If you’re hurt at work, and instructed not to return to work by a doctor or hospital, when will you get a check from the insurance company?

Under the statute, which is called the Illinois Workers’ Compensation Act, the insurance company would have 14 days to issue a check from the date that your disability began.  This would likely be from the date you stopped working, and sought medical treatment, and were authorized not to return to work, either by the emergency room physician, the occupational clinic physician, or your own personal physician.  This payment is known as TTD, or temporary total disability.

If you don’t receive a check within 14 days, you should at least receive a letter from the insurance company explaining why they are not going to pay you.  This is usually after some type of investigation has been conducted.  First, the insurance company would need to know that you gave notice of the injury.  The law provides that you have 45 days to give notice of your injury to your employer.

They may also ask you to submit to questioning and to give a recorded statement.  Most lawyers are of the opinion this should be avoided.  These recorded statements are rarely, if ever, taken to help you receive benefits; however, it does allow the insurance company to ask you anything they want, including any injuries you sustained before this one, which may form a defense to your claim.  The recorded statement is mainly done to help the insurance company build a defense to your claim, as they want to reject your claim and protect their money.  The adjuster will try to tell you otherwise.  Do not trust the adjuster, as we discussed in this post: “I was injured at work. What things should I NOT do?”

The insurance company has several ways that it can verify your accident.  One would be obtaining an accident report that you gave to your employer in writing.  Another would be obtaining the occupational clinic record of your visit, which should contain the history of the accident that you sustained.  In the case of a visit to the emergency room, a report would also indicate a history that would contain how and where you were injured.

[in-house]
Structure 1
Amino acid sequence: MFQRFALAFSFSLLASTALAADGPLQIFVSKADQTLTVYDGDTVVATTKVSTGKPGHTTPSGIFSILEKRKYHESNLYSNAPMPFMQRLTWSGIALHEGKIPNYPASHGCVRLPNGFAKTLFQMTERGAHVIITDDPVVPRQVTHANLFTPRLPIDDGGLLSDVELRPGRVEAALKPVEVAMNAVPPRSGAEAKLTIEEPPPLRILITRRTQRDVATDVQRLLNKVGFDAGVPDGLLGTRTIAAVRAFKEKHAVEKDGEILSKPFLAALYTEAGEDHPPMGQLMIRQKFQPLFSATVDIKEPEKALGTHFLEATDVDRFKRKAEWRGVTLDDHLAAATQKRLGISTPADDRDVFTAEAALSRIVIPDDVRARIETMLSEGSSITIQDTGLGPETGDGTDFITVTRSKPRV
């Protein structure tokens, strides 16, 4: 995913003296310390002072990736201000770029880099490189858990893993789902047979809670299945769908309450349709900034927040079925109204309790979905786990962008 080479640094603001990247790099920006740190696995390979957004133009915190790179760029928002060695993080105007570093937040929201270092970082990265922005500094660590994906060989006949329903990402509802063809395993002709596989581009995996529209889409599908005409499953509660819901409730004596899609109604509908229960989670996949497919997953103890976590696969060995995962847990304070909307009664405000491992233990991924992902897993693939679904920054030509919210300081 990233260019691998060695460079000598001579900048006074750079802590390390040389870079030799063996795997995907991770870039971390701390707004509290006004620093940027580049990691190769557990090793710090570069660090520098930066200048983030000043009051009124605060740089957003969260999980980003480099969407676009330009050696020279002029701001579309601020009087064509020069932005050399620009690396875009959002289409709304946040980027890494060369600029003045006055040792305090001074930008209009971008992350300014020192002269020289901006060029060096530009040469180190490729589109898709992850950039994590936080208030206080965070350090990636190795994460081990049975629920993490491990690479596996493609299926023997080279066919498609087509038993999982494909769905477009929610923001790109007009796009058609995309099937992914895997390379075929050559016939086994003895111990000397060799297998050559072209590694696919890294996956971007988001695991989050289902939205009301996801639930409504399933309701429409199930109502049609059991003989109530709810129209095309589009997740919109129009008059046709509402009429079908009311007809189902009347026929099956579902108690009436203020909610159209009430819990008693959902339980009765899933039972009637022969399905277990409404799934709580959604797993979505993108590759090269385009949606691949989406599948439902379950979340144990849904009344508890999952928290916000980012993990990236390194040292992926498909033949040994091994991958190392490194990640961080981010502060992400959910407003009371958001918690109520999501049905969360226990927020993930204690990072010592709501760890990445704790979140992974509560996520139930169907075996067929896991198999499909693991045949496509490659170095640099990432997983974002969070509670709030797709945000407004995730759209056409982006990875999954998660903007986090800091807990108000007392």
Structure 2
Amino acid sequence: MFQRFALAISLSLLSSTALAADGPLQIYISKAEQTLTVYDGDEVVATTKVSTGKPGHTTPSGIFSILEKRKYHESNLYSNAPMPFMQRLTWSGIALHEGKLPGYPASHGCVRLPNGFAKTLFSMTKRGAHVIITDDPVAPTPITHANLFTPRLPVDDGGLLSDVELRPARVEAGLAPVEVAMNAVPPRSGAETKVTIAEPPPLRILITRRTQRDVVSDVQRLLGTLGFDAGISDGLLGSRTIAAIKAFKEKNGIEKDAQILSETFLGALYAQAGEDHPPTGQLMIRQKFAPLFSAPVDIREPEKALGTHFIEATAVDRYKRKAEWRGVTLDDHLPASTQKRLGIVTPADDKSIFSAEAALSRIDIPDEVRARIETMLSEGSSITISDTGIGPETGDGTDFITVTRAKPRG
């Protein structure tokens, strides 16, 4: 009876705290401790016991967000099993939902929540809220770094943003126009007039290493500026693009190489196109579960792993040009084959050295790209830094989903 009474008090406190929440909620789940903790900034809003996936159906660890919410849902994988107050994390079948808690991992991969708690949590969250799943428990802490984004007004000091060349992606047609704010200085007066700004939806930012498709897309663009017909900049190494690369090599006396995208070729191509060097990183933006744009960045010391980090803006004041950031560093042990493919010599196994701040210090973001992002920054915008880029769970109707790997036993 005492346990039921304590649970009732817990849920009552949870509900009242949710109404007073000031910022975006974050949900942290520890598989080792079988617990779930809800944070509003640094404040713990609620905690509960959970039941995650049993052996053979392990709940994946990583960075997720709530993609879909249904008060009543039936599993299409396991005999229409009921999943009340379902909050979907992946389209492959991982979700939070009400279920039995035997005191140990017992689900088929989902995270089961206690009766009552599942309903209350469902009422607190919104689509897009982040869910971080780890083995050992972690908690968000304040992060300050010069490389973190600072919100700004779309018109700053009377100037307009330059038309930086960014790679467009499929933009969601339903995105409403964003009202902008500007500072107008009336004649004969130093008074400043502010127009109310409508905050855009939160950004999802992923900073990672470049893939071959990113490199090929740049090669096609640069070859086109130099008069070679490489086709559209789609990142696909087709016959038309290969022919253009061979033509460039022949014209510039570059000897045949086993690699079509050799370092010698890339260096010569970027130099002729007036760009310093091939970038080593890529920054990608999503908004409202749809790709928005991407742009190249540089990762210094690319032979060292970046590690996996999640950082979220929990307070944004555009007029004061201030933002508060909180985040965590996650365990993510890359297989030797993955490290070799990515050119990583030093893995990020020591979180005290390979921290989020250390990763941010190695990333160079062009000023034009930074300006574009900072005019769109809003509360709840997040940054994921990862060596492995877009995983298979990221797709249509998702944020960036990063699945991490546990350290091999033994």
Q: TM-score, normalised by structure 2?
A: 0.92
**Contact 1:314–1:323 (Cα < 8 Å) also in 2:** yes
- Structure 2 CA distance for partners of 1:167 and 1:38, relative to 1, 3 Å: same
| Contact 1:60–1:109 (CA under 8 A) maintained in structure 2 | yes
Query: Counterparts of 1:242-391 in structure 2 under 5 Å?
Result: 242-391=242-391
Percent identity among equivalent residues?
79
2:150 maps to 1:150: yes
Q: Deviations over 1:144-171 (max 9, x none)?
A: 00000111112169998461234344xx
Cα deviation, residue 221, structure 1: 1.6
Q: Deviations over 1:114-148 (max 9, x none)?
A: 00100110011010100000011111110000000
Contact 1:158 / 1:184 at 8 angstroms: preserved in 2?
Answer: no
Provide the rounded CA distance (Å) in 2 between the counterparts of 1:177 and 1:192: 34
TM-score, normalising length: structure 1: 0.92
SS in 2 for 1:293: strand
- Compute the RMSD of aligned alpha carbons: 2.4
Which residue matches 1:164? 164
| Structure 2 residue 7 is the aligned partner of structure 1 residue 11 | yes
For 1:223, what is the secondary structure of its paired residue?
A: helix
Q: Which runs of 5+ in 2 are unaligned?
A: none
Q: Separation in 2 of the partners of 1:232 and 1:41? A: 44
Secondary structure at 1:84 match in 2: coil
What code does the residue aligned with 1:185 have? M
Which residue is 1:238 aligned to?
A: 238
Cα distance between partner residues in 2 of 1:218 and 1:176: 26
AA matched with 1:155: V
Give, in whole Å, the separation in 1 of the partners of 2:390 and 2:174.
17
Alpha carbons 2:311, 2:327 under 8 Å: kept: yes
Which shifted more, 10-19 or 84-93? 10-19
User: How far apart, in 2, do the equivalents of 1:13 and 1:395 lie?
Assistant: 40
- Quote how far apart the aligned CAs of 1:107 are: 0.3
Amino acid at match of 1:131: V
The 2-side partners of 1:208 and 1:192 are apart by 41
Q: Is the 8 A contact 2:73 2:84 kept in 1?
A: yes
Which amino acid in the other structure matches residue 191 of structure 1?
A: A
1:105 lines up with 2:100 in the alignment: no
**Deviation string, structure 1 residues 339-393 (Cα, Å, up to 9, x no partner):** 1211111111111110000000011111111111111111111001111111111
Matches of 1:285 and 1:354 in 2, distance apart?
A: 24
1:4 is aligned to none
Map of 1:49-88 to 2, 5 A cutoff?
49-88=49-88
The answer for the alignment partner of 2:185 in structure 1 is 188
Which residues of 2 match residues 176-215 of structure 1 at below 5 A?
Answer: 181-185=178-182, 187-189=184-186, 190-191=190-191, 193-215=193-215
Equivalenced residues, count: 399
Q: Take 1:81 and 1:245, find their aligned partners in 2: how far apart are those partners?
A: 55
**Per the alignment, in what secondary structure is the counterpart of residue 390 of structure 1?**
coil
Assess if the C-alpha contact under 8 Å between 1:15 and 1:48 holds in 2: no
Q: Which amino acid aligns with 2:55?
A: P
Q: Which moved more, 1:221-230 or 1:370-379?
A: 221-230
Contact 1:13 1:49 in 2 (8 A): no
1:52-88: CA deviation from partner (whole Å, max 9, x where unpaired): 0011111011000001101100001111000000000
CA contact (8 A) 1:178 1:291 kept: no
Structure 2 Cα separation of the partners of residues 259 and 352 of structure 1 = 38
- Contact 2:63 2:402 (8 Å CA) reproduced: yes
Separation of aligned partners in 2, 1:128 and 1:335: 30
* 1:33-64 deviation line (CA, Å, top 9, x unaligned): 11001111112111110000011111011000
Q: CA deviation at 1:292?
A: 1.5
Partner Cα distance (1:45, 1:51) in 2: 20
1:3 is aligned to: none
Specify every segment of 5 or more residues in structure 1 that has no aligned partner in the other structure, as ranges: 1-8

One would think that this information from the employer and one or more medical providers that you’ve seen would suffice to give notice to them that they owe you a check within the 14 days.

If you don’t receive the check, they will be required to send you a letter with the reason that you will not receive a check.  The letter should contain the reason the claim is being denied.  Typically, the letter will state that you have not sustained an injury in the course and scope of your employment.

All of this would occur in a perfect world; however, it rarely does.  In reality, claims are simply denied because, as it is, the nature of an insurance company is to want to protect its shareholders.  Unfortunately, your physical well-being will take a backseat to such desires.

If the claim is disputed, you are not likely to have contact from the insurance company, unless and until you retain competent experienced representation from an attorney.

In the case of a disputed or denied workers’ compensation claim, you should hire an attorney as soon as possible, for you will not be paid until someone forces the insurance company to take action.

Illinois Workers’ Compensation Act, Medical Care, Recorded Statement, Temporary Total Disability (TTD)

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